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How to Write an Essay for a Prospective Employer

by Oubria Tronshaw

If you're on the lookout for a new job, research the most common employment essay application topics and start practicing. Many employers now require applicants to hand over a writing sample or themed essay to prove they have the right communication skills. Of course the essay is in addition to submitting an application, cover letter and resume. Prove to prospective employers -- and yourself -- that you're up to the challenge.

Topic

When writing an essay for a prospective employer, study the topic carefully before you begin. While some employers will assign general essay topics like, “Why do you want to work here?” or “What are your career goals?", others will ask for answers to very specific questions, like “Tell me about your management style,” or “How do you deal with conflict?” Keep in mind that potential employers are not simply investigating your writing style or skill level, they are also trying to find out whether you’d make a suitable employee -- which often depends on your ability to follow instructions. Pay close attention to formatting and length requirements as well.

Plan Your Essay

Potential employers want polished essays, not the first paragraphs that fly off the top of your head. Organize and structure your ideas first before putting them in essay form. Remember, this is a formal essay, not a stream of consciousness on paper. Since jobs typically require you to communicate regularly through writing, use your essay to prove that can express yourself in an articulate, careful, professional manner. Follow the format of a formal essay as closely as possible -- that means an introductory paragraph, three supporting paragraphs and a conclusion.

Use Examples

Throughout your essay, use the advice of your middle school math teacher -- always show your work. It’s not enough to say, “I’m a hard worker with a stellar record and I’m excited about possibly working for this company.” Back up each of your statements with hard evidence. Each sentence that introduces new information should be followed by a clearly illustrated example.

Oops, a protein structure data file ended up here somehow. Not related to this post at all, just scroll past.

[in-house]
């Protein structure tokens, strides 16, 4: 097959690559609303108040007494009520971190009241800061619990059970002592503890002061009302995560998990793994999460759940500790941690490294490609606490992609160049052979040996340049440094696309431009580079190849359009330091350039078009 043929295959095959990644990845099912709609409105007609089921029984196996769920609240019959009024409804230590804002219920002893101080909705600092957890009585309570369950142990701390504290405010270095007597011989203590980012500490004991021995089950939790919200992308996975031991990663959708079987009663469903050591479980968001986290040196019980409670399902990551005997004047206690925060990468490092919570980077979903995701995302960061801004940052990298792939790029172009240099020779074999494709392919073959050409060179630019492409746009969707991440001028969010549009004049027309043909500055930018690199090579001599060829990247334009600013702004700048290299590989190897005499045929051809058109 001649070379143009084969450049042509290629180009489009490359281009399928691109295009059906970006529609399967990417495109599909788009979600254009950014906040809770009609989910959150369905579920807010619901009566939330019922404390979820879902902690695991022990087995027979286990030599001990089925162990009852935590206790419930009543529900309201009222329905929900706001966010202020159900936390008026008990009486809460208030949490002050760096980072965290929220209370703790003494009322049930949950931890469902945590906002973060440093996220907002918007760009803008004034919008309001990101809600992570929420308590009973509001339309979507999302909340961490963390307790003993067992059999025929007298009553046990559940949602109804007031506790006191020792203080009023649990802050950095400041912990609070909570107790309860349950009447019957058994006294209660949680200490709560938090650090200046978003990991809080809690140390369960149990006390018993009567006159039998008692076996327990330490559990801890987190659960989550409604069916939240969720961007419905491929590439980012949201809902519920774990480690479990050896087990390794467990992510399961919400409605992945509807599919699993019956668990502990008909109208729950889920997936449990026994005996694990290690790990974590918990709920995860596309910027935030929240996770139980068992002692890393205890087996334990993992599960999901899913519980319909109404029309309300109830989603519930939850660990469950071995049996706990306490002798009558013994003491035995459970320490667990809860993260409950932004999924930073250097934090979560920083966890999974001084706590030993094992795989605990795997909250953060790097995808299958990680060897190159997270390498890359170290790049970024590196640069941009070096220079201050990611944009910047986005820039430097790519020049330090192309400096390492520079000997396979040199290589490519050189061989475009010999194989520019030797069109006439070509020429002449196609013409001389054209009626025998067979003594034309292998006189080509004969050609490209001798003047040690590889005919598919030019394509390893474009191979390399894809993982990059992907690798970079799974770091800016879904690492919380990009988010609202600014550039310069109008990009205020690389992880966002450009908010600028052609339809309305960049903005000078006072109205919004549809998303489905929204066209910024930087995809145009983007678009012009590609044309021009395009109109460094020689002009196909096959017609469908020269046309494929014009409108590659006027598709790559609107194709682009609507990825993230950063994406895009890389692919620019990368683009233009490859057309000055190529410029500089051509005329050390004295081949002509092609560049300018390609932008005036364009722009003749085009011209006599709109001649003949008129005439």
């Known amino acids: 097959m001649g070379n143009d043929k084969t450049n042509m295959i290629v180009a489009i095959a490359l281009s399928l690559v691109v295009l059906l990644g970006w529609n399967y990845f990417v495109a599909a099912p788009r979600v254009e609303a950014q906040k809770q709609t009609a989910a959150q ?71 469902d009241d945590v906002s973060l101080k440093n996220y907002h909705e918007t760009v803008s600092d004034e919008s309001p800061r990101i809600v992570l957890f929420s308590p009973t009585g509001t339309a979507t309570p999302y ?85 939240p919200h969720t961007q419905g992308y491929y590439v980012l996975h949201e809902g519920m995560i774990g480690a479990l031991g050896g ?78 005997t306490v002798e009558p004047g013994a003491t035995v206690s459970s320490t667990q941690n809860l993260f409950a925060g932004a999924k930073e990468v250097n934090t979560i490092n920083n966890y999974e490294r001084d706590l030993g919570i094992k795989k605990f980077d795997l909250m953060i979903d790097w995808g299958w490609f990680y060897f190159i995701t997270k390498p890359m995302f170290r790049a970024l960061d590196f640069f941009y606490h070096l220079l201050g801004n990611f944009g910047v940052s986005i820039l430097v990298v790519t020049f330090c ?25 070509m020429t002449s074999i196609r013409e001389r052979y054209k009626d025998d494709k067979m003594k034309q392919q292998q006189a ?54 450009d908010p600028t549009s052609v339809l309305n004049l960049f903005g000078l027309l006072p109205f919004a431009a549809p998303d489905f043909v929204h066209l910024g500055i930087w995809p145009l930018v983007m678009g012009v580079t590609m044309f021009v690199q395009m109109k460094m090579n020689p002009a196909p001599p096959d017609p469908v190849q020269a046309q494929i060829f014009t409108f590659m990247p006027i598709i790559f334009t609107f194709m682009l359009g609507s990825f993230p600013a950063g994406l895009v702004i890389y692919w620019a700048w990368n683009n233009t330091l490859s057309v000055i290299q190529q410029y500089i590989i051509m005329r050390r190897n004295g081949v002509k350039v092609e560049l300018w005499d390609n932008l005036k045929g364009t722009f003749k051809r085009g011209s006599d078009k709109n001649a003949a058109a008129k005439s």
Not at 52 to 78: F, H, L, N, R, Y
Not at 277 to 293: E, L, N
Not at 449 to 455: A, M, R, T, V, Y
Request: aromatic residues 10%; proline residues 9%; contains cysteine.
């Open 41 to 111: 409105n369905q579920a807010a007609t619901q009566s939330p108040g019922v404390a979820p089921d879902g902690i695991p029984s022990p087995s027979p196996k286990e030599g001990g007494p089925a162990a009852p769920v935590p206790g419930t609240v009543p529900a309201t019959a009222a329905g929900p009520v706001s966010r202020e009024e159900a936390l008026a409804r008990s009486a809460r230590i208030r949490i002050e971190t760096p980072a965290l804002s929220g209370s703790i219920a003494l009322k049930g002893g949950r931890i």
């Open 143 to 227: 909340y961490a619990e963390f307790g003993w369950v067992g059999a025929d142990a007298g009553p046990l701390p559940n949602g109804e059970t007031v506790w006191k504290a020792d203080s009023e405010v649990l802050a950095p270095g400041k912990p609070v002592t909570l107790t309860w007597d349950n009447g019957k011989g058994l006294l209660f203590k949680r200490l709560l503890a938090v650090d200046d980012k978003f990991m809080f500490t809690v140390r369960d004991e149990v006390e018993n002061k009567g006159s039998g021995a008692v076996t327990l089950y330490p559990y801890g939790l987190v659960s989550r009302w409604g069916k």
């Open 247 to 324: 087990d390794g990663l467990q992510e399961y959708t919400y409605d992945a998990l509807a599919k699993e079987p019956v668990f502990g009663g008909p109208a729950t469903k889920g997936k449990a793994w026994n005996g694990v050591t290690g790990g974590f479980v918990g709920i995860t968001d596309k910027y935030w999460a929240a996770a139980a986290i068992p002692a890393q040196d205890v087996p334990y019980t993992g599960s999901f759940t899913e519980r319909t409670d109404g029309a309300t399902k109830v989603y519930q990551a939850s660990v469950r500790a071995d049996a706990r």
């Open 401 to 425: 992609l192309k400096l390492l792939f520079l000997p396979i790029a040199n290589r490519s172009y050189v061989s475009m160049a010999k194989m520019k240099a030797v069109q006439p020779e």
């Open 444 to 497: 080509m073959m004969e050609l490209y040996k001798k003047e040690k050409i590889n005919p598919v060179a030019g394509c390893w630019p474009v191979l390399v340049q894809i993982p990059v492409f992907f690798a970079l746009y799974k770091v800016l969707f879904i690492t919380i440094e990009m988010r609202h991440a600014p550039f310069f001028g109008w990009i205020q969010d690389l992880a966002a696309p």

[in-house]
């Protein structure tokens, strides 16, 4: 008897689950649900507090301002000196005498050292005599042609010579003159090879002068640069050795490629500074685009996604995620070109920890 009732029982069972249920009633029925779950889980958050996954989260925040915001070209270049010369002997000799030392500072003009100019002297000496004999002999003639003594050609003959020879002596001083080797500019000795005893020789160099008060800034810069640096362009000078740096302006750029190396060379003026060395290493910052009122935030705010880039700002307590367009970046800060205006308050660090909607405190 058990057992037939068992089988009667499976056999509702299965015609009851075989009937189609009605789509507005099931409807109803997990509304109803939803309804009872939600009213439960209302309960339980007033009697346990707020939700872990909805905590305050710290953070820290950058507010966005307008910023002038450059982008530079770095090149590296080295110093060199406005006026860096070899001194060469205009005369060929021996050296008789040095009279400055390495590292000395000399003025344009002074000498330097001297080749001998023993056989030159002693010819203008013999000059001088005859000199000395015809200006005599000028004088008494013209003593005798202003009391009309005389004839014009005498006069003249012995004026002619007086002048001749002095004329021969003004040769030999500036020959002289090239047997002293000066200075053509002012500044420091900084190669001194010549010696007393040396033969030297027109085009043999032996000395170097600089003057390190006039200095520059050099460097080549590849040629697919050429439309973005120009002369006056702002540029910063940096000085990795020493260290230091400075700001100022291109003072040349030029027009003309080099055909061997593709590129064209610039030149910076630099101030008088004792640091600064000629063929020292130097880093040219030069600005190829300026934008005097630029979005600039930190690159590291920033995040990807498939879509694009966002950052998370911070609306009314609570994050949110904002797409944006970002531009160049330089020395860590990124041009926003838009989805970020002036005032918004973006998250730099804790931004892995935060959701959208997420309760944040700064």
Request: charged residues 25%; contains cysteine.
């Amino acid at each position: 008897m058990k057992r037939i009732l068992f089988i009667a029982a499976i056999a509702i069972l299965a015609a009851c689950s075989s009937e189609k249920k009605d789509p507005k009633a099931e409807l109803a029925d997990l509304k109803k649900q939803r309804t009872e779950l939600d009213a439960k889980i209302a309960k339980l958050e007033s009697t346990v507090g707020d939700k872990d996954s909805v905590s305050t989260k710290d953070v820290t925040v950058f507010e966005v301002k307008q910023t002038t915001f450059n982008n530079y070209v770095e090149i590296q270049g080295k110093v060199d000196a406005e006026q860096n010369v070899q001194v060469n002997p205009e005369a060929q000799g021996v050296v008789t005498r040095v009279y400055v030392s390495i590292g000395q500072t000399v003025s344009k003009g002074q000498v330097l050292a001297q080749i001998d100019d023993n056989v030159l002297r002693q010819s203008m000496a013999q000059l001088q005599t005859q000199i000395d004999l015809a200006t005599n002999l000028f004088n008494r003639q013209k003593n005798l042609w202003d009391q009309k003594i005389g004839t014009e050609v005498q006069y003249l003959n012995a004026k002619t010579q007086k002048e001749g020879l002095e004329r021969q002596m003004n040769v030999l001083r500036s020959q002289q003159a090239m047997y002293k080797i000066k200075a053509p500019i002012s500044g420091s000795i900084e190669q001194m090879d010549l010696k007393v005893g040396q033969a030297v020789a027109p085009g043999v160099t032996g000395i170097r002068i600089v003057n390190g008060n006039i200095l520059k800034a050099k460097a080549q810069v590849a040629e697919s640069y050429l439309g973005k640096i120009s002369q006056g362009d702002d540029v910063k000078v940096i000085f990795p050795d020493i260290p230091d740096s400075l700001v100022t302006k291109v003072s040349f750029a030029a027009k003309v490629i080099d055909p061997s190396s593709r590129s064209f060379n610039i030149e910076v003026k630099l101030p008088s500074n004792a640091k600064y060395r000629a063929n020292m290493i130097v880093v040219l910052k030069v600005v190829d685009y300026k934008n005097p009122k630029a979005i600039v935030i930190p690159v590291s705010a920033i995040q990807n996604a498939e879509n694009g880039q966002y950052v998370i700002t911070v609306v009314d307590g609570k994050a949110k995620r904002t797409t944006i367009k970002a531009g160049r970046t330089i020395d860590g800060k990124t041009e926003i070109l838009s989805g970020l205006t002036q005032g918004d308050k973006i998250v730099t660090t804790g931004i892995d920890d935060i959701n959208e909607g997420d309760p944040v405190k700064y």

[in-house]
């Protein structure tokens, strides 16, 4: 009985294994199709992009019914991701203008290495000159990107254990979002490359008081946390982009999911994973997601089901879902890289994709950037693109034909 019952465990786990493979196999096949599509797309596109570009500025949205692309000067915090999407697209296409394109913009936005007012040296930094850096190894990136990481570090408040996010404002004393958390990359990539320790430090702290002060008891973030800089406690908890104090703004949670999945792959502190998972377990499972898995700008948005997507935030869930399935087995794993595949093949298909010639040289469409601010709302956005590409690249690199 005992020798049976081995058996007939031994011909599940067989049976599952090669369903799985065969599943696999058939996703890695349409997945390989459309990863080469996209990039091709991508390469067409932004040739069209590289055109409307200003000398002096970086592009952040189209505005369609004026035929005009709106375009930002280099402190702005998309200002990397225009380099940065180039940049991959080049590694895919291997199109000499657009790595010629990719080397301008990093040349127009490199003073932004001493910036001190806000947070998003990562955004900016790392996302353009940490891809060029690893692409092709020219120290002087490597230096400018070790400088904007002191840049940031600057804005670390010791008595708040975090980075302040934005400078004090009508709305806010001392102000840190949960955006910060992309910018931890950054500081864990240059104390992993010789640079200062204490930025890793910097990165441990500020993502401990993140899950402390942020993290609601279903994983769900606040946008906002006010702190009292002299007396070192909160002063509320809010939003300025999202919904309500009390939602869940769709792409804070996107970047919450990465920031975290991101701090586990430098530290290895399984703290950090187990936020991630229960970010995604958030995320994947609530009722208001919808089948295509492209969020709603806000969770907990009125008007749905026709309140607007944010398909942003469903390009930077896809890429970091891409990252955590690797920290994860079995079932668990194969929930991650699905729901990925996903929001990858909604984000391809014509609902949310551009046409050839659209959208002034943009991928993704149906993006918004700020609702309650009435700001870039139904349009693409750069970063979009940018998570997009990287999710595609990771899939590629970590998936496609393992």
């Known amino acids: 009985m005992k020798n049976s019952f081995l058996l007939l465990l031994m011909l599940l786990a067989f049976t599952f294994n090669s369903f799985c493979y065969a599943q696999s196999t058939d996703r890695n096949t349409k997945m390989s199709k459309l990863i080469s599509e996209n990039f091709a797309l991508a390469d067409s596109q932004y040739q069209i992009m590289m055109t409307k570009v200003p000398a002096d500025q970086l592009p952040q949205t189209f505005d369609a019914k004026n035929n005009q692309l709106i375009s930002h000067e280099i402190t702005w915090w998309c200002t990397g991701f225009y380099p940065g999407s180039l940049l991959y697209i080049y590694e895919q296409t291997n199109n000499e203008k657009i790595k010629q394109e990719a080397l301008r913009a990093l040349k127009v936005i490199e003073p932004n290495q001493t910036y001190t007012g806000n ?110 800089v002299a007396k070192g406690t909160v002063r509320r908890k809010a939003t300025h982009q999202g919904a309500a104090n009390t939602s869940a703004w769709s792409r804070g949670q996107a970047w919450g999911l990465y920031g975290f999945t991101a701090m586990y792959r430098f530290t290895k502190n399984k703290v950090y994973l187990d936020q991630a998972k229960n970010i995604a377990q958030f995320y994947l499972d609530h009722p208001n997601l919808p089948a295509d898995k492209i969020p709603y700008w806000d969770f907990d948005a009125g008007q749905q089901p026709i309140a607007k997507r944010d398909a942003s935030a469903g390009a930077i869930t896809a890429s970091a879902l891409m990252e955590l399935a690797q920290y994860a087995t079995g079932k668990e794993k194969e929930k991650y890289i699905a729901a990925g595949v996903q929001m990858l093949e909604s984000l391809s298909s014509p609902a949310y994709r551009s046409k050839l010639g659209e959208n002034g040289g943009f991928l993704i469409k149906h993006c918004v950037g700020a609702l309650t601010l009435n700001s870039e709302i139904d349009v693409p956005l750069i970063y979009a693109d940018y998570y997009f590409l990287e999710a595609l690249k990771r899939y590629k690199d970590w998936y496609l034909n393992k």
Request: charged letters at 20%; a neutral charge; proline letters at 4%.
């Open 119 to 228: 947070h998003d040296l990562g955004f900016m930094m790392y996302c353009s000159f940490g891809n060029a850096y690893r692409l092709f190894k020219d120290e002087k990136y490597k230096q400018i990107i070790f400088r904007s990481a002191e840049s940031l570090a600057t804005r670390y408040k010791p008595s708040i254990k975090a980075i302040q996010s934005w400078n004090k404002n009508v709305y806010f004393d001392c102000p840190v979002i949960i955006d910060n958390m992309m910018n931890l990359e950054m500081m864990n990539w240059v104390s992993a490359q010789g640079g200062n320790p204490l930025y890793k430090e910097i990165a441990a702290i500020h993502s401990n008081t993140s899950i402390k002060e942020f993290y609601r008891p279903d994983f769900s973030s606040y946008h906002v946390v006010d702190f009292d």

Too Much Information

As much as possible, keep your essay focused on your professional experiences. Although you may be a better person for some of the hardships you’ve endured, your prospective employer doesn’t want your life story. If it isn’t about professional or educational experiences -- as touching as the tale might be -- leave it out.

Proofread

Before handing in your essay, proofread it for grammar, spelling, structure and content to double-check that you’ve actually said what you meant to say. Turing in an essay full of errors will reflect poorly on your prospective potential as an employee.

About the Author

Oubria Tronshaw specializes in topics related to parenting and business. She received a Bachelor of Arts in creative writing from the Santa Fe University of Art and Design, and a Master of Fine Arts in creative writing from Chicago State University. She currently teaches English at Harper Community College in the Chicago area.

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